Hello Friends and Family,

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Maui: Mala Wharf

The Mala Wharf is located on the north side of Lahaina, next to the boat ramp used to launch the Mo‘okiha O Pi‘ilani. It is quite a lovely spot — as you can clearly see.

In addition to the beach, the boat ramp itself provides a swimming spot for the kids which is somewhat sheltered from the ocean waves.

The wharf was built in 1922 to provide a place for steamships to embark and disembark passengers and goods. The locals knew that this was a unfavorable spot for such a structure due to the heavy surf and strong currents. As a result, the wharf was primarily used with smaller craft. I happened to find a nice photo from its early days — click here.

In 1992, a very powerful Hurricane Iniki damaged the wharf severely, leaving it in an unusable and dangerous state.

Even the barrier put up to keep people off the wharf has not done well in the Pacific salt air — the kids have no problem getting around it — and kids being kids, that is exactly what they do.

According to a dive website, the parts of the original wharf that have fallen into the ocean have provided a wonderful habitat for marine life — thus an inviting spot for divers.

I assure you that I did not venture past the barrier — using the longer focal lengths of my zoom lens, I was able to take some nice shots through the bars.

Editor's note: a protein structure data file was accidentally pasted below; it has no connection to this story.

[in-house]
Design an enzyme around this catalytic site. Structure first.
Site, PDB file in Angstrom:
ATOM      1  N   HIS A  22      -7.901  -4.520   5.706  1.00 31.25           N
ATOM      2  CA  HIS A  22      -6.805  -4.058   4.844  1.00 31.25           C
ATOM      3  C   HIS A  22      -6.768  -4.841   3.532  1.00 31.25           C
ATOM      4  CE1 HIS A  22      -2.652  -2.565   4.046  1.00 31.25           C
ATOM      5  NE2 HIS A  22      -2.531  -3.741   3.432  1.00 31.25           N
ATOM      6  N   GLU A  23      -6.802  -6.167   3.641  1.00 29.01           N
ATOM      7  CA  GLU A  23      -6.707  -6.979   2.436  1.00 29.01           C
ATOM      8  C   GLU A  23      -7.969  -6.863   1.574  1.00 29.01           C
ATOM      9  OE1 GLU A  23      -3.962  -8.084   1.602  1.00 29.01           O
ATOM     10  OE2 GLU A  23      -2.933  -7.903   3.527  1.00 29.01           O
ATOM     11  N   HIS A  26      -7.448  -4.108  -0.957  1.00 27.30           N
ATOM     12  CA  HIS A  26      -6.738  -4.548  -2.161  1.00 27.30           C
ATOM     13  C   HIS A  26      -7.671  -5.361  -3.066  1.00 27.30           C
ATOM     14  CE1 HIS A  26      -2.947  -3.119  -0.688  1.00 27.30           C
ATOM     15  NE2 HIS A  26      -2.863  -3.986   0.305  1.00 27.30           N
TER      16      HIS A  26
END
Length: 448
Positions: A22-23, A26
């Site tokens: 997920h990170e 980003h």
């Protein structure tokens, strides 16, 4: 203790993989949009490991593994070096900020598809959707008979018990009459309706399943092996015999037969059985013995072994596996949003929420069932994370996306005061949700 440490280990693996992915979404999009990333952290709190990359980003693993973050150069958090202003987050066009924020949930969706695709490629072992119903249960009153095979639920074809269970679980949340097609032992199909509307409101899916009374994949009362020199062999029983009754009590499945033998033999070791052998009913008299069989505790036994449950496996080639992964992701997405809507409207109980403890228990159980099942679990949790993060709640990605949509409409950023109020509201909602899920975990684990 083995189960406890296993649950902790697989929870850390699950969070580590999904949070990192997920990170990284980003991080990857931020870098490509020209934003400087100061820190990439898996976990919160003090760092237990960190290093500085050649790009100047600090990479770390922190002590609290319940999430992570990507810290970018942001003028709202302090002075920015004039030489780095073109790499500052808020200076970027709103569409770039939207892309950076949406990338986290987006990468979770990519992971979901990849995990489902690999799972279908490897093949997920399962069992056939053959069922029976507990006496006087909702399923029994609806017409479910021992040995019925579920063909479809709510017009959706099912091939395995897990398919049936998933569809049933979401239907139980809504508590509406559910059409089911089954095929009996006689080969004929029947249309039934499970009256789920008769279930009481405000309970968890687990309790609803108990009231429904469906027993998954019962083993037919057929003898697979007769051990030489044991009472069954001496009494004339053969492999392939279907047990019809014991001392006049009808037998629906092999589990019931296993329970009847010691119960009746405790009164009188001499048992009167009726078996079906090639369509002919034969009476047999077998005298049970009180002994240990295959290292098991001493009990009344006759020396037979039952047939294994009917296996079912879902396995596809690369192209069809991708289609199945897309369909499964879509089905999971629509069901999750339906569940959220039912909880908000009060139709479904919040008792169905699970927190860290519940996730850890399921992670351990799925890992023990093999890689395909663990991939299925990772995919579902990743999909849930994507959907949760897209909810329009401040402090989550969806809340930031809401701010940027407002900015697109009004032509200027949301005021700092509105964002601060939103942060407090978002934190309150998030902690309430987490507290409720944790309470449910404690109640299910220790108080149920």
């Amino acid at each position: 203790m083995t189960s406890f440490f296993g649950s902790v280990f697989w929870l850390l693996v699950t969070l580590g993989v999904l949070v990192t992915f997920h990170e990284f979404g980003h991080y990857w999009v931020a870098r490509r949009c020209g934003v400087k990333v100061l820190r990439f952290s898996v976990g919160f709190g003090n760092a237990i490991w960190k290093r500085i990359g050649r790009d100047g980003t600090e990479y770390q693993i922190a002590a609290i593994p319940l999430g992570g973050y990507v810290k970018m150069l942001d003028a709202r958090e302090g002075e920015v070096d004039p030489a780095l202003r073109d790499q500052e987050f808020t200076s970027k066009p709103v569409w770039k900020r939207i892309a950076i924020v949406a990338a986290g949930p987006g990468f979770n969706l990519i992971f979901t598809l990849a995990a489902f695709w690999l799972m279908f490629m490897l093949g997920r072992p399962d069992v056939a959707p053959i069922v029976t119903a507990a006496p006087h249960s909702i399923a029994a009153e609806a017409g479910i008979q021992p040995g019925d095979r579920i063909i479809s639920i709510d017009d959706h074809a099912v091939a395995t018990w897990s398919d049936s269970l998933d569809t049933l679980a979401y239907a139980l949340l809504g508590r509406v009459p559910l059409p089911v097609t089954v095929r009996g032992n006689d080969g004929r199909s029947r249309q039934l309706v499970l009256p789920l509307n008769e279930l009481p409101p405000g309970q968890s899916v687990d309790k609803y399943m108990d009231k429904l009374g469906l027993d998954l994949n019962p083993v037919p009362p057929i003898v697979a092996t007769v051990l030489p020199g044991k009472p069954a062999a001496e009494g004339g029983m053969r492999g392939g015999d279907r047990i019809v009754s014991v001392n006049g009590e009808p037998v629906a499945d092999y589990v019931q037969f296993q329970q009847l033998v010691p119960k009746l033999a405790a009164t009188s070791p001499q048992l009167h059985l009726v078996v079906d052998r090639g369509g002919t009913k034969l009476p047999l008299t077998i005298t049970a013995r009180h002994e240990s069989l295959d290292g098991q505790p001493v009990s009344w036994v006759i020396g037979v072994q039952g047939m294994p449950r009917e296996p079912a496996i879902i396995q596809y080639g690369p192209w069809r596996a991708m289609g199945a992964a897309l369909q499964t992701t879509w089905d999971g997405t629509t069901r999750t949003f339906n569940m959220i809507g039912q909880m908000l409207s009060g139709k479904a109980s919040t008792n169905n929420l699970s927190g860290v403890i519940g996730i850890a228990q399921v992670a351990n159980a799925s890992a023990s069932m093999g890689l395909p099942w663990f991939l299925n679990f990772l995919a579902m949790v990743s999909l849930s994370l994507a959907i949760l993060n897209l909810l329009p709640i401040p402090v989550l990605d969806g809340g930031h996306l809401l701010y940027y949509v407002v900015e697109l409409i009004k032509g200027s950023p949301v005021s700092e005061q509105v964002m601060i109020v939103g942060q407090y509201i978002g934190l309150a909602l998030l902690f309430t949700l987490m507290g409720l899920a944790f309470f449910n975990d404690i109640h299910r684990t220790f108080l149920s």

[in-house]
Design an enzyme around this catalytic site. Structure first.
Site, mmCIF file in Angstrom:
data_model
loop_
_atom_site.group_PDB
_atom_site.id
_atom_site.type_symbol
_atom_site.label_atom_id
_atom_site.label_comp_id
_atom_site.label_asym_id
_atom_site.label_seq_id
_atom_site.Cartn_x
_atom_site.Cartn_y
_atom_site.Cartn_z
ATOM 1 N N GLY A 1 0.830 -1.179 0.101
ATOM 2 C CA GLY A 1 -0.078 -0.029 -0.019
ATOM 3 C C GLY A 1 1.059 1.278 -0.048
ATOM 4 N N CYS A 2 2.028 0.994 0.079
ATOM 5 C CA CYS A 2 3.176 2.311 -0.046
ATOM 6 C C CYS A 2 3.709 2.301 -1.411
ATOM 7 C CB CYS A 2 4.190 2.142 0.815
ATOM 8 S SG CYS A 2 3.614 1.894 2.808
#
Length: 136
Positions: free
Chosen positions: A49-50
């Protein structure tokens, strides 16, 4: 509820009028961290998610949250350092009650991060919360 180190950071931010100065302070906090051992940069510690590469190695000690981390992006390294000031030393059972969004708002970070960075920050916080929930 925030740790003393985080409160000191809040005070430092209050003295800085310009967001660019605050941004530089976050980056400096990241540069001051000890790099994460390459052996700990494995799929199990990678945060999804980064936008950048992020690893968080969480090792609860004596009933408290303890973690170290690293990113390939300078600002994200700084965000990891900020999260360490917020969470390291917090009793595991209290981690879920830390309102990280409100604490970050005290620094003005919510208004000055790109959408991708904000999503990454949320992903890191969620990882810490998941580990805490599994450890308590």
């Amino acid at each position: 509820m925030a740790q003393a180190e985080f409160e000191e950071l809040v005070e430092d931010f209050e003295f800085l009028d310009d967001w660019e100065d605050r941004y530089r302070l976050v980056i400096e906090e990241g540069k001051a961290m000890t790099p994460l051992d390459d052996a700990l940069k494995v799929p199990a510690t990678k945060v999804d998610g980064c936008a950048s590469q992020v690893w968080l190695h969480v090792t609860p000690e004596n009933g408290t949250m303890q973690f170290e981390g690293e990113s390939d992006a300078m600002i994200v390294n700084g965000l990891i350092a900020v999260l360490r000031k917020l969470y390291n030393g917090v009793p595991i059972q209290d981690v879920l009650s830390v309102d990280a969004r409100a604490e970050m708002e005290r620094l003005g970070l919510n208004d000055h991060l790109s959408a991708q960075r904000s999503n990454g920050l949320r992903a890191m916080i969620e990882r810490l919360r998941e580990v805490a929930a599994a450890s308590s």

Spalling of the concrete leads to exposure of the rebar which rusts in the salt air and ocean spray. The structure deteriorates rapidly after that.

One can only imagine what it looked like during the height of Hurricane Iniki. I would love to see a video — not brave enough to wish to have seen it in person.

Remember that the cast and crew from Spielberg's film Jurassic Park were still on Kaua‘i when the hurricane hit. Too bad they did not have a camera positioned here.

In some places, there is not much left.

The kids gather near the end of the wharf in order to dive in — looks like fun (for someone in that age group).

The exposed rebar on the pilings provide convenient handholds and steps to climb back up after the dive.

I love this image — it shows the remains of the track used to transport goods in carts to and from the moored boats. Of course, now it looks like those carts would just run off the end and into the ocean. The end of the wharf is severely damaged — if you did not know it before, you know it now — hurricanes can be extremely nasty.

Note that there is an effort on Maui to decide what to do with the wharf — could be total demolition or could be refurbishment. Stay tuned.

Life is good.

B. David

P. S., All photos and text © B. David Cathell Photography, Inc. — www.bdavidcathell.com